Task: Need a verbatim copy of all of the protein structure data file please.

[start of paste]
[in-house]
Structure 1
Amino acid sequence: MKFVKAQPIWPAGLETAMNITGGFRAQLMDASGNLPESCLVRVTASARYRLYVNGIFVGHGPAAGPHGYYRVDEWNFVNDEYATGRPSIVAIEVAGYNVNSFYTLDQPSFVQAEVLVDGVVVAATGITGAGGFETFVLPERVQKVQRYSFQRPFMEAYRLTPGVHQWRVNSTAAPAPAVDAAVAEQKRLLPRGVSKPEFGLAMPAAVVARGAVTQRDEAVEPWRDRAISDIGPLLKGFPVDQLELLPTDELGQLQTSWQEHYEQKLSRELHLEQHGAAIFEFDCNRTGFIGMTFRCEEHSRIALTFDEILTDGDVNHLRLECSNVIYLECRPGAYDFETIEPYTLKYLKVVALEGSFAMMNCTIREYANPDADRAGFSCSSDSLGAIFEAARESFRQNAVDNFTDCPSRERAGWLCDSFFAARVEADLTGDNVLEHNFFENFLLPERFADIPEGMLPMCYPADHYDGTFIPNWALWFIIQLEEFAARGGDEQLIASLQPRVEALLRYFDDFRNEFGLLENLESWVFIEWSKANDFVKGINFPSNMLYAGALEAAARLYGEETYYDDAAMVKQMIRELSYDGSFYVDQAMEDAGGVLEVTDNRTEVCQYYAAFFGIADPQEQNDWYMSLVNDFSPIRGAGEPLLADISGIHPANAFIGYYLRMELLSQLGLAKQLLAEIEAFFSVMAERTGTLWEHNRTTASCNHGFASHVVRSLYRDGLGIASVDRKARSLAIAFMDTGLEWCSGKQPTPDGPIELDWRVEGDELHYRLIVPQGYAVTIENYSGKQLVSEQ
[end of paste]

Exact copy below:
[in-house]
Structure 1
Amino acid sequence: MKFVKAQPIWPAGLETAMNITGGFRAQLMDASGNLPESCLVRVTASARYRLYVNGIFVGHGPAAGPHGYYRVDEWNFVNDEYATGRPSIVAIEVAGYNVNSFYTLDQPSFVQAEVLVDGVVVAATGITGAGGFETFVLPERVQKVQRYSFQRPFMEAYRLTPGVHQWRVNSTAAPAPAVDAAVAEQKRLLPRGVSKPEFGLAMPAAVVARGAVTQRDEAVEPWRDRAISDIGPLLKGFPVDQLELLPTDELGQLQTSWQEHYEQKLSRELHLEQHGAAIFEFDCNRTGFIGMTFRCEEHSRIALTFDEILTDGDVNHLRLECSNVIYLECRPGAYDFETIEPYTLKYLKVVALEGSFAMMNCTIREYANPDADRAGFSCSSDSLGAIFEAARESFRQNAVDNFTDCPSRERAGWLCDSFFAARVEADLTGDNVLEHNFFENFLLPERFADIPEGMLPMCYPADHYDGTFIPNWALWFIIQLEEFAARGGDEQLIASLQPRVEALLRYFDDFRNEFGLLENLESWVFIEWSKANDFVKGINFPSNMLYAGALEAAARLYGEETYYDDAAMVKQMIRELSYDGSFYVDQAMEDAGGVLEVTDNRTEVCQYYAAFFGIADPQEQNDWYMSLVNDFSPIRGAGEPLLADISGIHPANAFIGYYLRMELLSQLGLAKQLLAEIEAFFSVMAERTGTLWEHNRTTASCNHGFASHVVRSLYRDGLGIASVDRKARSLAIAFMDTGLEWCSGKQPTPDGPIELDWRVEGDELHYRLIVPQGYAVTIENYSGKQLVSEQ